Among independent voters, who went heavily for Obama in 2008 and congressional Democrats in 2006, the numbers for Republicans on the confidence questions were even more worse. Just 17 percent of independents expressed confidence in Republicans' ability to make the right decision while 83 percent said they did not have that confidence.And all the wingers can do is say "But, but, that 20% number clearly means you're oversampling Democrats, Rassmussen says..."
(While Obama's numbers on the confidence question weren't amazing -- 49 percent confident/50 percent not confident -- they were far stronger than those for Republicans.)
On the generic ballot question, 51 percent of the sample said they would cast a vote for a Democratic candidate in their congressional district next fall while just 39 percent said they would opt for a GOP candidate. (As late as this summer, Republicans had seemingly narrowed the wide generic ballot lead Democrats enjoyed for much of the last two election cycles.)
And, perhaps most troubling for GOP hopes is the fact that just 20 percent of the Post sample identified themselves as Republicans, the lowest that number has been in Post polling since 1983. (No, that is not a typo.)
These numbers, coming roughly one year before the 2010 midterm elections, show that any celebration on the GOP's behalf is premature as the party has yet to convince most voters that it can be a viable alternative to Democratic control in Washington today.
No, jackass. The Republican brand really is that damaged. Voters are at best 50-50ish about the Dems right now, but they still flat out hate the Republican party. Nothing in the world is going to fix that 20% number right now, and there's no way to spin it.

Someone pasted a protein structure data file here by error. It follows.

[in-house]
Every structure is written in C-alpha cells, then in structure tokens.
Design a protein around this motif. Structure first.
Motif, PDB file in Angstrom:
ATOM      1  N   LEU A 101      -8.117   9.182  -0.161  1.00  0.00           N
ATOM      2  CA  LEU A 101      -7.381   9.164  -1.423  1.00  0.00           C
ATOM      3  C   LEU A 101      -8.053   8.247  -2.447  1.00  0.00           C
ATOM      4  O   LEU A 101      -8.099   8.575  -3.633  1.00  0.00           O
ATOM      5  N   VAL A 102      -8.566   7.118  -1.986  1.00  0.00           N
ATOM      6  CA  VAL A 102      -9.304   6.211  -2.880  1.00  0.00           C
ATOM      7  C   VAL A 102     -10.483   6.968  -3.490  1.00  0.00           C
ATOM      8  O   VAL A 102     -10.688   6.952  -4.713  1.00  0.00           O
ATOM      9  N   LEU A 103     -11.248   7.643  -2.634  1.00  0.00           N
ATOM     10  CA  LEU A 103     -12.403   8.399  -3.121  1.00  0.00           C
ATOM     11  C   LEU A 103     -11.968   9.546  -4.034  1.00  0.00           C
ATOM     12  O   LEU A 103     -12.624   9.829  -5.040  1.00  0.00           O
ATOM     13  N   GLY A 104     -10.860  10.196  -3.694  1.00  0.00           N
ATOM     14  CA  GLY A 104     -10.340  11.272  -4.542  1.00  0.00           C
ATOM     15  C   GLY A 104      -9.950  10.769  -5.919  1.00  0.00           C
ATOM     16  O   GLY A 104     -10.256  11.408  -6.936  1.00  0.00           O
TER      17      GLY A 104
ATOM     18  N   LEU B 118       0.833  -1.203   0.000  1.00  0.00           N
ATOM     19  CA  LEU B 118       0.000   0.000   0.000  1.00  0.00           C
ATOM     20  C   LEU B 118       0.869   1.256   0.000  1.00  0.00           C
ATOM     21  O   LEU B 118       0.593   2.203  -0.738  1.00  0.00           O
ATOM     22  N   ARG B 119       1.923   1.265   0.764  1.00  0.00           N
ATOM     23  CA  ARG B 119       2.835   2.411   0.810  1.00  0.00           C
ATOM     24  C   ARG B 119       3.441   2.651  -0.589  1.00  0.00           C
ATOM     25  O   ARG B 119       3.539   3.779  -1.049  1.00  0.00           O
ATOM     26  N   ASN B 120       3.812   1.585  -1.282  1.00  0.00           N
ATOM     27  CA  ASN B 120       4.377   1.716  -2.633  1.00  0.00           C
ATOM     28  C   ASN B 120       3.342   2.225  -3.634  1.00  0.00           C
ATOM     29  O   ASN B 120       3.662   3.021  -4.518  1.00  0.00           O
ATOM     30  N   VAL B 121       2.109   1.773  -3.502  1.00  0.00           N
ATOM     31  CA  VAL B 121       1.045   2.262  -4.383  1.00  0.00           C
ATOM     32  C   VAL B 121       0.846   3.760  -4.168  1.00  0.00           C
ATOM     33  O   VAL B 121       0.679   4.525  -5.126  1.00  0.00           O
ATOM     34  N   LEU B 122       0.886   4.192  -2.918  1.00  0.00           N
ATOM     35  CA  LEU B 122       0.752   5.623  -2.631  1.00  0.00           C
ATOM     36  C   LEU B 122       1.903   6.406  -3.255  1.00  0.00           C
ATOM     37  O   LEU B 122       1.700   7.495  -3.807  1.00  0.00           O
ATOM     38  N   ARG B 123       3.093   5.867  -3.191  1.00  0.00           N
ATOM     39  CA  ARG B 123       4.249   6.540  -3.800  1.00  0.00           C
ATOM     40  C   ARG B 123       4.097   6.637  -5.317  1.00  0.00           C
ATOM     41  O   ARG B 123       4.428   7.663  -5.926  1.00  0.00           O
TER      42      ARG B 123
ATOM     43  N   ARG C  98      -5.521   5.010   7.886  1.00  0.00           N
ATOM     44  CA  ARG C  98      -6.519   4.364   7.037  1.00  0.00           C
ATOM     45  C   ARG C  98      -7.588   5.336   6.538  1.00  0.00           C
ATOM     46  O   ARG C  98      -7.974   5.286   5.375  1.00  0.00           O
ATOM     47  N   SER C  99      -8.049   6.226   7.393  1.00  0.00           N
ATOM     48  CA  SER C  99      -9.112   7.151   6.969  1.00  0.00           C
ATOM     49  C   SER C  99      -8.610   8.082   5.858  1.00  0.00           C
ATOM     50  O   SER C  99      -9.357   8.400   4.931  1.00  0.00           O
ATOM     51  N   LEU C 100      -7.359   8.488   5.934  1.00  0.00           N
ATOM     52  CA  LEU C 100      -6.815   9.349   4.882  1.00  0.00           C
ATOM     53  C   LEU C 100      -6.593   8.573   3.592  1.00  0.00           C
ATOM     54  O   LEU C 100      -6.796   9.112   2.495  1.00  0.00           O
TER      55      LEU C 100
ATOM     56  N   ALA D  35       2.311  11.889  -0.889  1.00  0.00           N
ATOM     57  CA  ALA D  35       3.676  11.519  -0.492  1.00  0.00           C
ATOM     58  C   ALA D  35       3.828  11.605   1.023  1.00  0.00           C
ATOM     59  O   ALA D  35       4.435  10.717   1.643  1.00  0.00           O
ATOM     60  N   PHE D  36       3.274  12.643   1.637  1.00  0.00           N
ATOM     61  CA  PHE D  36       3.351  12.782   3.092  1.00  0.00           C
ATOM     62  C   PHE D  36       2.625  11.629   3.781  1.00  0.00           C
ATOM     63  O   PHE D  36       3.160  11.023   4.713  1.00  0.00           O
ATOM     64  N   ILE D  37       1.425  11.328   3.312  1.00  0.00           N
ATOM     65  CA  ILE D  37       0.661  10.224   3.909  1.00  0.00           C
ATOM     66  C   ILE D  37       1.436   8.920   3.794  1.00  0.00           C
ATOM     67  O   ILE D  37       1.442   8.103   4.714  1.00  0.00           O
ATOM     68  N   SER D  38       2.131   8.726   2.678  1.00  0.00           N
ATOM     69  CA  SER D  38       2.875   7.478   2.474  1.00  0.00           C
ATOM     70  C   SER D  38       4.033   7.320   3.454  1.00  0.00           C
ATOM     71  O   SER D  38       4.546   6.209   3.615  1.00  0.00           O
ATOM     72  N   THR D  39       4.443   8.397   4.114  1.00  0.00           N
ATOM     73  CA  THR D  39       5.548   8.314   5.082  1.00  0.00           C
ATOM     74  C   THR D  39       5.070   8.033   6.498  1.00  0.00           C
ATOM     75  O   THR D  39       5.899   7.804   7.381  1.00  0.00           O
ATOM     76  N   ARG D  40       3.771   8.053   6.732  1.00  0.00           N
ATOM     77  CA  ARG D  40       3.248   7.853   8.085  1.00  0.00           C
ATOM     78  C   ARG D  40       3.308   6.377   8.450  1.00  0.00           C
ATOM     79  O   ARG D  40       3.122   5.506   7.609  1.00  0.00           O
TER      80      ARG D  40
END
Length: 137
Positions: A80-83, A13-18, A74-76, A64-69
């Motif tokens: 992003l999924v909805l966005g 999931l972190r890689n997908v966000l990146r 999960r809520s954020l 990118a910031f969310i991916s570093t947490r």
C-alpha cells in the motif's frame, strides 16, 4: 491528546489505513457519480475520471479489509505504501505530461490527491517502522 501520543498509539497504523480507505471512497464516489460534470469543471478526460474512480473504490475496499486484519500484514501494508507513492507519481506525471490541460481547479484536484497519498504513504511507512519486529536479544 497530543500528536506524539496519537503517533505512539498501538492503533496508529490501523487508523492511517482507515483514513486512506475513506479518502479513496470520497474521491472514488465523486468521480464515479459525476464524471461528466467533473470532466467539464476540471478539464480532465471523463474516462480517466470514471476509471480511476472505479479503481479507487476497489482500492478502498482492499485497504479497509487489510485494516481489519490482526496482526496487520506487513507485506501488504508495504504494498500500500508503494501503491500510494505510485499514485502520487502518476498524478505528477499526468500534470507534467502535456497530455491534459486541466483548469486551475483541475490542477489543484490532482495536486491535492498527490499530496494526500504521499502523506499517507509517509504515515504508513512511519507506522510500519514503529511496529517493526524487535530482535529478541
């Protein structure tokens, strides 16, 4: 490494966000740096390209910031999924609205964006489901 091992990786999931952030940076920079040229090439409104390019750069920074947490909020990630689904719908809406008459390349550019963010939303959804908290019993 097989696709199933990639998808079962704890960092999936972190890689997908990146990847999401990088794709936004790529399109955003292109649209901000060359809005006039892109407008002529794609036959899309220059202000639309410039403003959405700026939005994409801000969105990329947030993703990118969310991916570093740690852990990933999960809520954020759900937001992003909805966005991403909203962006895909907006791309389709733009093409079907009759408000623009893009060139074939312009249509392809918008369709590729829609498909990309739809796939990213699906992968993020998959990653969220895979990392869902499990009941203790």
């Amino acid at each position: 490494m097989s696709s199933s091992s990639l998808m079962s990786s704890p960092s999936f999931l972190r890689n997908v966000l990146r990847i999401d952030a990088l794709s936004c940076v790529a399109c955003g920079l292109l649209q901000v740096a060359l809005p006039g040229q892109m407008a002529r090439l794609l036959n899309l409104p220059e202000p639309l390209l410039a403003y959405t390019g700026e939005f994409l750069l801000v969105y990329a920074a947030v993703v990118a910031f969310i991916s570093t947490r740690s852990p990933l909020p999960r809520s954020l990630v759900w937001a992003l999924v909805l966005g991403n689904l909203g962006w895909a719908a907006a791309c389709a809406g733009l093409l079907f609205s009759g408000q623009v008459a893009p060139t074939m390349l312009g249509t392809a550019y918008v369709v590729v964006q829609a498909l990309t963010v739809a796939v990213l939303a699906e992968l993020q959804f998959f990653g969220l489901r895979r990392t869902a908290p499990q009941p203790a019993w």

Needless to say, there are a lot of contingencies. Will the Tea Party/Glenn Beck crowd go to the polls in large numbers, or are they so disillusioned that even that feels like selling out to them? Will Democrats be motivated to turn out to support a President who has managed to pass, say, a major stimulus package, a big health care bill, and a financial regulation initiative -- or will their expectations have been so high that they'll prove to be complacent? What role will third party candidates play? (They're playing a very important role right now in New Jersey and NY-23). And of course, what will the economy and the situation in Afghanistan look like one year hence?Yes, a lot can happen in a year. But the Republicans still haven't made the case for why they are a better alternative, unlike the Democrats in 2006 and especially 2008.
Over the summer, I estimated about a 30 percent chance that Republicans would take over the House. I would now dial that back slightly to 20 or perhaps 25 percent, as key metrics like Presidential approval and the generic ballot appear to have stabilized for the Democrats. The bottom, for now, doesn't seem to be falling out. But it still could, and even if it doesn't, the enthusiasm gap remains something for them to worry about.
[UPDATE 2:25 PM] Greg Sargent notes the GOP is in the same boat as they were in 06 and 08.
In June of 2008 (the most recent historical data in the WaPo poll), Dems led the generic matchup 52%-37%. And in early November of 2006 the Dem lead was 51%-45%. Today the spread is largely unchanged.If wishes were horses, the GOP would have lunch.